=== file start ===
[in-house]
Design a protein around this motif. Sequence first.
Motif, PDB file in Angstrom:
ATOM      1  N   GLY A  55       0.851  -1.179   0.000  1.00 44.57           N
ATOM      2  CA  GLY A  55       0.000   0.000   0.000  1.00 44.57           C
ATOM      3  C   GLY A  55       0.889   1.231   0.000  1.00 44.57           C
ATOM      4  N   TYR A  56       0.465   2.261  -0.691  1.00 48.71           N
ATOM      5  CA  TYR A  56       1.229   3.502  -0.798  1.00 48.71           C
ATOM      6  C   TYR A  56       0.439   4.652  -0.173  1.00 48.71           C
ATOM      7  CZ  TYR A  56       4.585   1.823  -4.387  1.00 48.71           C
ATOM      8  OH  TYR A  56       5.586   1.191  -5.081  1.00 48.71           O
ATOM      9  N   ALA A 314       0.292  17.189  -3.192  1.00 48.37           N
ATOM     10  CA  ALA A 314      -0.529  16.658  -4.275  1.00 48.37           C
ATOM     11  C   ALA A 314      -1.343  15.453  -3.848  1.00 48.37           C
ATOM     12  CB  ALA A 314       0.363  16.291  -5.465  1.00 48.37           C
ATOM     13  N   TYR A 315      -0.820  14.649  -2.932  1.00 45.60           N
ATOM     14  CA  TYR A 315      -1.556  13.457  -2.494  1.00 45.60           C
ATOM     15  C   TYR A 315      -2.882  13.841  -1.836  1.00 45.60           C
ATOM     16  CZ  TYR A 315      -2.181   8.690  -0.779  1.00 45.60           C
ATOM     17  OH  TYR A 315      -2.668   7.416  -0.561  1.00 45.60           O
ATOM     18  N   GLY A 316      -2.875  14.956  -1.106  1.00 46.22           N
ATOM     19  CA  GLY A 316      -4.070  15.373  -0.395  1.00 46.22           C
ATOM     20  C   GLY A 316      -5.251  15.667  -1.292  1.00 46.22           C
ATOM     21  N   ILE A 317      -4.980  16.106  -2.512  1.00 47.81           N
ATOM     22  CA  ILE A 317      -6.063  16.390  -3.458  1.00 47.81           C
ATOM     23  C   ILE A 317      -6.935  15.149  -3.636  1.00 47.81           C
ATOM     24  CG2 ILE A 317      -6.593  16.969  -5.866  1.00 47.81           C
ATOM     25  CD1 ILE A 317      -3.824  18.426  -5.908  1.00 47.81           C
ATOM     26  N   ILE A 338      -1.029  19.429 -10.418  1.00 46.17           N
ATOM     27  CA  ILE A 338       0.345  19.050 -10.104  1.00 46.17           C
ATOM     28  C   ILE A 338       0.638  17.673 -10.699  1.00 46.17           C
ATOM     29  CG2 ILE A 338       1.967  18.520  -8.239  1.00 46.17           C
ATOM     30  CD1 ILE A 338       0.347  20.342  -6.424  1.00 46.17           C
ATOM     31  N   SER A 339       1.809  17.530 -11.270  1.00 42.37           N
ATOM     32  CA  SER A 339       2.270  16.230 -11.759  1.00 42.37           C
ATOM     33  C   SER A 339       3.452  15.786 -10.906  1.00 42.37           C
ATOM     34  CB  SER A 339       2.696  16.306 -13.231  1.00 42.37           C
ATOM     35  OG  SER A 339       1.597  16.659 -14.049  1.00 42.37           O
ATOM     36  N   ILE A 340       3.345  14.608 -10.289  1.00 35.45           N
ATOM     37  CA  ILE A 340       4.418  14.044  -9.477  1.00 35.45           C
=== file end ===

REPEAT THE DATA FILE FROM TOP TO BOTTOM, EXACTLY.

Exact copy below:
[in-house]
Design a protein around this motif. Sequence first.
Motif, PDB file in Angstrom:
ATOM      1  N   GLY A  55       0.851  -1.179   0.000  1.00 44.57           N
ATOM      2  CA  GLY A  55       0.000   0.000   0.000  1.00 44.57           C
ATOM      3  C   GLY A  55       0.889   1.231   0.000  1.00 44.57           C
ATOM      4  N   TYR A  56       0.465   2.261  -0.691  1.00 48.71           N
ATOM      5  CA  TYR A  56       1.229   3.502  -0.798  1.00 48.71           C
ATOM      6  C   TYR A  56       0.439   4.652  -0.173  1.00 48.71           C
ATOM      7  CZ  TYR A  56       4.585   1.823  -4.387  1.00 48.71           C
ATOM      8  OH  TYR A  56       5.586   1.191  -5.081  1.00 48.71           O
ATOM      9  N   ALA A 314       0.292  17.189  -3.192  1.00 48.37           N
ATOM     10  CA  ALA A 314      -0.529  16.658  -4.275  1.00 48.37           C
ATOM     11  C   ALA A 314      -1.343  15.453  -3.848  1.00 48.37           C
ATOM     12  CB  ALA A 314       0.363  16.291  -5.465  1.00 48.37           C
ATOM     13  N   TYR A 315      -0.820  14.649  -2.932  1.00 45.60           N
ATOM     14  CA  TYR A 315      -1.556  13.457  -2.494  1.00 45.60           C
ATOM     15  C   TYR A 315      -2.882  13.841  -1.836  1.00 45.60           C
ATOM     16  CZ  TYR A 315      -2.181   8.690  -0.779  1.00 45.60           C
ATOM     17  OH  TYR A 315      -2.668   7.416  -0.561  1.00 45.60           O
ATOM     18  N   GLY A 316      -2.875  14.956  -1.106  1.00 46.22           N
ATOM     19  CA  GLY A 316      -4.070  15.373  -0.395  1.00 46.22           C
ATOM     20  C   GLY A 316      -5.251  15.667  -1.292  1.00 46.22           C
ATOM     21  N   ILE A 317      -4.980  16.106  -2.512  1.00 47.81           N
ATOM     22  CA  ILE A 317      -6.063  16.390  -3.458  1.00 47.81           C
ATOM     23  C   ILE A 317      -6.935  15.149  -3.636  1.00 47.81           C
ATOM     24  CG2 ILE A 317      -6.593  16.969  -5.866  1.00 47.81           C
ATOM     25  CD1 ILE A 317      -3.824  18.426  -5.908  1.00 47.81           C
ATOM     26  N   ILE A 338      -1.029  19.429 -10.418  1.00 46.17           N
ATOM     27  CA  ILE A 338       0.345  19.050 -10.104  1.00 46.17           C
ATOM     28  C   ILE A 338       0.638  17.673 -10.699  1.00 46.17           C
ATOM     29  CG2 ILE A 338       1.967  18.520  -8.239  1.00 46.17           C
ATOM     30  CD1 ILE A 338       0.347  20.342  -6.424  1.00 46.17           C
ATOM     31  N   SER A 339       1.809  17.530 -11.270  1.00 42.37           N
ATOM     32  CA  SER A 339       2.270  16.230 -11.759  1.00 42.37           C
ATOM     33  C   SER A 339       3.452  15.786 -10.906  1.00 42.37           C
ATOM     34  CB  SER A 339       2.696  16.306 -13.231  1.00 42.37           C
ATOM     35  OG  SER A 339       1.597  16.659 -14.049  1.00 42.37           O
ATOM     36  N   ILE A 340       3.345  14.608 -10.289  1.00 35.45           N
ATOM     37  CA  ILE A 340       4.418  14.044  -9.477  1.00 35.45           C